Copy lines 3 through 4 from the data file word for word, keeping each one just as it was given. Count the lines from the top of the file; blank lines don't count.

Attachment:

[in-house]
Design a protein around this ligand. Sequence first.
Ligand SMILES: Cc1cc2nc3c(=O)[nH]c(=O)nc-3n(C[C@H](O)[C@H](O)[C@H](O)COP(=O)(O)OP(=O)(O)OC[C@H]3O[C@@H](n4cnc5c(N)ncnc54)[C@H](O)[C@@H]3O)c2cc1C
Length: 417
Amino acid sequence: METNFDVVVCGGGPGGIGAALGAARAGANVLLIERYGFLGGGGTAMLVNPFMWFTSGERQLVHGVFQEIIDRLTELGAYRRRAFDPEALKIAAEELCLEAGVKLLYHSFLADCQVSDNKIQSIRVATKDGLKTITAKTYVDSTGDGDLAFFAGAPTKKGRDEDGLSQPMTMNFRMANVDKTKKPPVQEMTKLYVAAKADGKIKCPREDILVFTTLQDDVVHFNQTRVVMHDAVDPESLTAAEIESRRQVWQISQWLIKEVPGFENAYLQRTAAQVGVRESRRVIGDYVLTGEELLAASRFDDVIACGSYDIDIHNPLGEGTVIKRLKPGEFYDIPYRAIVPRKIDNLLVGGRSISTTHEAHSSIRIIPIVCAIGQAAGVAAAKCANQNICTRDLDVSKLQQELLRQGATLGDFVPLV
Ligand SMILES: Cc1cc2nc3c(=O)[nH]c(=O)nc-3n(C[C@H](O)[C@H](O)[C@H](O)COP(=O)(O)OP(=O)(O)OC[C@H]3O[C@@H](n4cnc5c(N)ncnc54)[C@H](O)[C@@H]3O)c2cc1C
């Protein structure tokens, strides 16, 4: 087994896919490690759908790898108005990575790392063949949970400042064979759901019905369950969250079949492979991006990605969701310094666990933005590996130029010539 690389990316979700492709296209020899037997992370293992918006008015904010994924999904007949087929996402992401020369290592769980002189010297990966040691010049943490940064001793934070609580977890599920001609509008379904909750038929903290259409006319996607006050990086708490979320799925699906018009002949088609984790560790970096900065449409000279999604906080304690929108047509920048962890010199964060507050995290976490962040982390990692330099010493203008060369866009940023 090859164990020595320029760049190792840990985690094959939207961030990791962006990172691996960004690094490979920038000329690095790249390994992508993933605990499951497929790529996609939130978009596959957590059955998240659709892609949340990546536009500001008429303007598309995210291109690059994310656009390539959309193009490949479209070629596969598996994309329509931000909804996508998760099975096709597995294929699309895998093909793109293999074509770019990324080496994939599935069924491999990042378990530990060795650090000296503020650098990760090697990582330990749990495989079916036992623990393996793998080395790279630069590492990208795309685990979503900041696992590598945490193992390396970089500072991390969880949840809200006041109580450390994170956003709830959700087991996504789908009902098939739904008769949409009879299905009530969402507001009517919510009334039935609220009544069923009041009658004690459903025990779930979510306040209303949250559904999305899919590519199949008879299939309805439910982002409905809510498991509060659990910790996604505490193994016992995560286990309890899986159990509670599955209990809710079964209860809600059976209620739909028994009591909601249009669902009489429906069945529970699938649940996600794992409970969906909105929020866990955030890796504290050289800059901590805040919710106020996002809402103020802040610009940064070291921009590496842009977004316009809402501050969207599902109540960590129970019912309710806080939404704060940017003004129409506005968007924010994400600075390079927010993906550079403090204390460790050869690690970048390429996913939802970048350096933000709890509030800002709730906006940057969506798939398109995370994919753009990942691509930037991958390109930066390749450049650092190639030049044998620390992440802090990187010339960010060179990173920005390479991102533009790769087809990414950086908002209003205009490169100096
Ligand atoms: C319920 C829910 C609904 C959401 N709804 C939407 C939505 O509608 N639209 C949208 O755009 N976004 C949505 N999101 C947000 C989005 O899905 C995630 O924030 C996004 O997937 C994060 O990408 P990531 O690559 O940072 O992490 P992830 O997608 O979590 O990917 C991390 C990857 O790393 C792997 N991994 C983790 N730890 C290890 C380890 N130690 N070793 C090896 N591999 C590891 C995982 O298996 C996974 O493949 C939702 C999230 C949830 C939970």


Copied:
Ligand SMILES: Cc1cc2nc3c(=O)[nH]c(=O)nc-3n(C[C@H](O)[C@H](O)[C@H](O)COP(=O)(O)OP(=O)(O)OC[C@H]3O[C@@H](n4cnc5c(N)ncnc54)[C@H](O)[C@@H]3O)c2cc1C
Length: 417